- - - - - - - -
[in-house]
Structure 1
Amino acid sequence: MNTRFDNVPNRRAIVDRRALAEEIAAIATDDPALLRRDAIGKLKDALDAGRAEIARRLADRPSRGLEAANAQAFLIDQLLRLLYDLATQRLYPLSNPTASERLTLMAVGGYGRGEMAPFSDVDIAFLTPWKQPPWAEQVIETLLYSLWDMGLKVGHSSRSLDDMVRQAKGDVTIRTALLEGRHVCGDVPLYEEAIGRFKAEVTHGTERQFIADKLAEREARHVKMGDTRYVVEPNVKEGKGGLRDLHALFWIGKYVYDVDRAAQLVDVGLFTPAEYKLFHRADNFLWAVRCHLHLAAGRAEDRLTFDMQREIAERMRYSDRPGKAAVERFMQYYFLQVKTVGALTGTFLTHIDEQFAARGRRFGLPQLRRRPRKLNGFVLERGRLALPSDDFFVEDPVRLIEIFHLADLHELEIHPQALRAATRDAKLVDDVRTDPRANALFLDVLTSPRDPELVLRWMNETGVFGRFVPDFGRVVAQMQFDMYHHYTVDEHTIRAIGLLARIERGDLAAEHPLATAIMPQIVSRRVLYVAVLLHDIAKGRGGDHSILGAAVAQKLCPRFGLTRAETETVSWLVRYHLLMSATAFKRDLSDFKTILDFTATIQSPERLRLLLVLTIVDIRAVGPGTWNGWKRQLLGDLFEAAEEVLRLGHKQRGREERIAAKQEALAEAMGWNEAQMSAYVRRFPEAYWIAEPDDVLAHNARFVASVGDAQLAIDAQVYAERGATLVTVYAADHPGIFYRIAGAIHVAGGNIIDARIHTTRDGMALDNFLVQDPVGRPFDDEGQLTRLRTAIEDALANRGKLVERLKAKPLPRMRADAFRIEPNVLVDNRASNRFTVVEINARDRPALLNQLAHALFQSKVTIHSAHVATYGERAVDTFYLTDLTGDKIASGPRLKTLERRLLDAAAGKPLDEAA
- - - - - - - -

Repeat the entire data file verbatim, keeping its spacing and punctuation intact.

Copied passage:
[in-house]
Structure 1
Amino acid sequence: MNTRFDNVPNRRAIVDRRALAEEIAAIATDDPALLRRDAIGKLKDALDAGRAEIARRLADRPSRGLEAANAQAFLIDQLLRLLYDLATQRLYPLSNPTASERLTLMAVGGYGRGEMAPFSDVDIAFLTPWKQPPWAEQVIETLLYSLWDMGLKVGHSSRSLDDMVRQAKGDVTIRTALLEGRHVCGDVPLYEEAIGRFKAEVTHGTERQFIADKLAEREARHVKMGDTRYVVEPNVKEGKGGLRDLHALFWIGKYVYDVDRAAQLVDVGLFTPAEYKLFHRADNFLWAVRCHLHLAAGRAEDRLTFDMQREIAERMRYSDRPGKAAVERFMQYYFLQVKTVGALTGTFLTHIDEQFAARGRRFGLPQLRRRPRKLNGFVLERGRLALPSDDFFVEDPVRLIEIFHLADLHELEIHPQALRAATRDAKLVDDVRTDPRANALFLDVLTSPRDPELVLRWMNETGVFGRFVPDFGRVVAQMQFDMYHHYTVDEHTIRAIGLLARIERGDLAAEHPLATAIMPQIVSRRVLYVAVLLHDIAKGRGGDHSILGAAVAQKLCPRFGLTRAETETVSWLVRYHLLMSATAFKRDLSDFKTILDFTATIQSPERLRLLLVLTIVDIRAVGPGTWNGWKRQLLGDLFEAAEEVLRLGHKQRGREERIAAKQEALAEAMGWNEAQMSAYVRRFPEAYWIAEPDDVLAHNARFVASVGDAQLAIDAQVYAERGATLVTVYAADHPGIFYRIAGAIHVAGGNIIDARIHTTRDGMALDNFLVQDPVGRPFDDEGQLTRLRTAIEDALANRGKLVERLKAKPLPRMRADAFRIEPNVLVDNRASNRFTVVEINARDRPALLNQLAHALFQSKVTIHSAHVATYGERAVDTFYLTDLTGDKIASGPRLKTLERRLLDAAAGKPLDEAA